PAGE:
60%
Telephone, wireless or cable services
Federal government
Health care providers
Banking institutions
Airlines
US
UK
Germany
 
 
 
Ponemon Institute: Private & Confidential Report

10
 
Figure
9

shows the top 10 organizations that
consumers believe
have the strongest methods for
authentication
and

identity verification.
Again

bank
ing institutions
are consumers first choice followed
by law enforcement.

Expectations are lower for
federal government and utilities
.
The complete list

and frequency of response

is shown in the appendix of this report.


Figure
9
.
Organizations
with

very s
trong authentication
&

identity verification methods

More than one response permitted












42%
54%
58%
58%
54%
58%
72%
65%
83%
97%
46%
41%
56%
60%
56%
52%
71%
75%
81%
94%
45%
39%
45%
56%
69%
72%
68%
76%
85%
87%
0%
10%
20%
30%
40%
50%
60%
70%
80%
90%
100%
Utilities
Federal government organizations
Local or state government organizations
Telephone, wireless or cable services companies
Postal and delivery services
Health care providers
Tax authorities
Credit card and Internet payment providers
Law enforcement
Banking institutions
US
UK
Germany
 
 
 
Ponemon Institute: Private & Confidential Report

11
 
3.

P
references for identity and authentication steps and technologies


Verification without disclosing personal information is preferred
.
Consumers would prefer

a
uthentication procedures that verify their identity without having to share personal information such
as name, address and email

as shown in Figure
10
.

German consumers are most opposed to sharing
personal information.


Figure 10
.
Verification

without re
quiring personal information
preferred

Strongly agree and agree response combined


67%
72%
78%
0%
10%
20%
30%
40%
50%
60%
70%
80%
90%
US
UK
Germany
US
UK
Germany
 
 
 
Ponemon Institute: Private & Confidential Report

12
 
Certain information is acceptable to share

with business and government
.
Accor
ding to Figure
11
, c
onsumers in all three countries would be willing to share

the following w
ith a
business
organization
:

name, unique account number, email address and
password or PIN.


Figure 11
. Information
consumers

would share

with a business organization

More than one response permitted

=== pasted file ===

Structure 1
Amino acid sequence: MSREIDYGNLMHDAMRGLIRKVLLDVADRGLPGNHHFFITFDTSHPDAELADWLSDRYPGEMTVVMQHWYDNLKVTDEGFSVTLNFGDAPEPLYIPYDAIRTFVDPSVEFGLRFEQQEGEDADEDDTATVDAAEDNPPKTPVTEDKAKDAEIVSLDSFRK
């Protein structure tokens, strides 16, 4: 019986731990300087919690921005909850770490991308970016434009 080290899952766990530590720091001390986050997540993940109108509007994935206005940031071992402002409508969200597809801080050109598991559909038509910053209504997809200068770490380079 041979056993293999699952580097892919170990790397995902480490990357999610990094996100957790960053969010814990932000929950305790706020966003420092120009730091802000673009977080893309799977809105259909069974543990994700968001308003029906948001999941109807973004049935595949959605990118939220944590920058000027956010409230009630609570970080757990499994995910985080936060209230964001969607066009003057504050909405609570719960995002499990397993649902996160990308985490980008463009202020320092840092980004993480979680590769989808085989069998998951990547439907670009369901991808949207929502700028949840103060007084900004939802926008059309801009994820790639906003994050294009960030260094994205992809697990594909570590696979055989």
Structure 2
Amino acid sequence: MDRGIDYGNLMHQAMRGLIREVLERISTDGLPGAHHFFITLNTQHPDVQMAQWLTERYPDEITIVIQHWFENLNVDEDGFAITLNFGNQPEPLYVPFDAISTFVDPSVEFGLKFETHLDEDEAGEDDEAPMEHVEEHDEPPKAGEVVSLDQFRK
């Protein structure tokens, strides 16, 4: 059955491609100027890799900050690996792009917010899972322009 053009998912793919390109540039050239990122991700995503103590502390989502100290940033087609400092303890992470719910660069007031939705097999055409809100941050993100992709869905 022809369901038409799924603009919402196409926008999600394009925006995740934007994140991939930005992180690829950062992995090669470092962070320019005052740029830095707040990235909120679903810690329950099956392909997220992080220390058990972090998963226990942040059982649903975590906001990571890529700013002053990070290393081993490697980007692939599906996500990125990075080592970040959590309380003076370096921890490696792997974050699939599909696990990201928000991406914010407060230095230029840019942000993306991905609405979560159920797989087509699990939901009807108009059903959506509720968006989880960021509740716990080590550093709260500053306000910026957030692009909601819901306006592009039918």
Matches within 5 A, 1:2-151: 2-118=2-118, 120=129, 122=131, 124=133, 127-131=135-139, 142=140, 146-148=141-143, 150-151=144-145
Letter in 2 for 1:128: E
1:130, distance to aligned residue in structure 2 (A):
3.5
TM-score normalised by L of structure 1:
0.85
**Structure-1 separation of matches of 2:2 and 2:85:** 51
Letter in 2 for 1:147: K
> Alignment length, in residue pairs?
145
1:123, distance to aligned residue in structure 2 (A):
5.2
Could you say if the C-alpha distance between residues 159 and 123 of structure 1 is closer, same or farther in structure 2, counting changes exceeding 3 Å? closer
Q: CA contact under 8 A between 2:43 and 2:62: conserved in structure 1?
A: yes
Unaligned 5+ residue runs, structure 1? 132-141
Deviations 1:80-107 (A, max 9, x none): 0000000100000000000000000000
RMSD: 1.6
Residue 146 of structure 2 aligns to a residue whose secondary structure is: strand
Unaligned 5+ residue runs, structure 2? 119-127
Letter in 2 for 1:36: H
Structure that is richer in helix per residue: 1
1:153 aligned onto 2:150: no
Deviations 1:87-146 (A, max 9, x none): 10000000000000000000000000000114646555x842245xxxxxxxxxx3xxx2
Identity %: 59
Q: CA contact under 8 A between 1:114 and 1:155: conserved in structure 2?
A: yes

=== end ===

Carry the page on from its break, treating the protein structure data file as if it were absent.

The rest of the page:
72%
52%
56%
64%
90%
75%
52%
56%
80%
86%
93%
84%
68%
72%
75%
86%
90%
92%
0%
10%
20%
30%
40%
50%
60%
70%
80%
90%
100%
Technical information contained in your PC,
tablet or smart phone
Home or mobile phone number
Password or PIN
Email address
Unique account number
Name
US
UK
Germany
 
 
 
Ponemon Institute: Private & Confidential Report

13
 
Consumers in all three countries would be willing t
o share

the following information with a
government
organization:

home address, unique account number and name, passport number and
country of citizenship

as shown in Figure 1
2
.


Figure 12
. Information willingly shared with a
government

organization

More t
han one response permitted


74%
63%
56%
48%
75%
76%
85%
84%
50%
81%
75%
76%
84%
89%
90%
94%
65%
79%
81%
82%
90%
90%
92%
97%
0%
10%
20%
30%
40%
50%
60%
70%
80%
90%
100%
Technical information contained in your PC, tablet
or smart phone
Driver’s license number
Email address
Date of birth
Passport number and country of citizenship
Name
Unique account number
Home address
US
UK
Germany
 
 
 
Ponemon Institute: Private & Confidential Report

14
 
The majority of consumers
would use a
multi
-
purpose identity credential.

According to Figure
13
, a majority of consumers

would consider
using
a multi
-
purpose identity credential
to be able to

secure access to data, systems and

physical locations.
In some cases, they would prefer if separate
IDs were to be used for Internet and physical locations. Consumers in the UK express the highest “no”
and “unsure” responses.


Figure 13
. Acceptance of a
multi
-
purpose identity credential




51%
12%
37%
45%
11%
44%
62%
9%
29%
0%
10%
20%
30%
40%
50%
60%
70%
Yes
Yes, but separate for Internet
and physical locations
No or Unsure
US
UK
Germany
 
 
 
Ponemon Institute: Private & Confidential Report

15
 
Consumers believe banks would be the best to
safely

issue and manage a multi
-
purpose
identity credential
.

The majority of consumers would consider having a multi
-
purpose identity
credential they could use in a variety of situations to confirm who they
are. However, some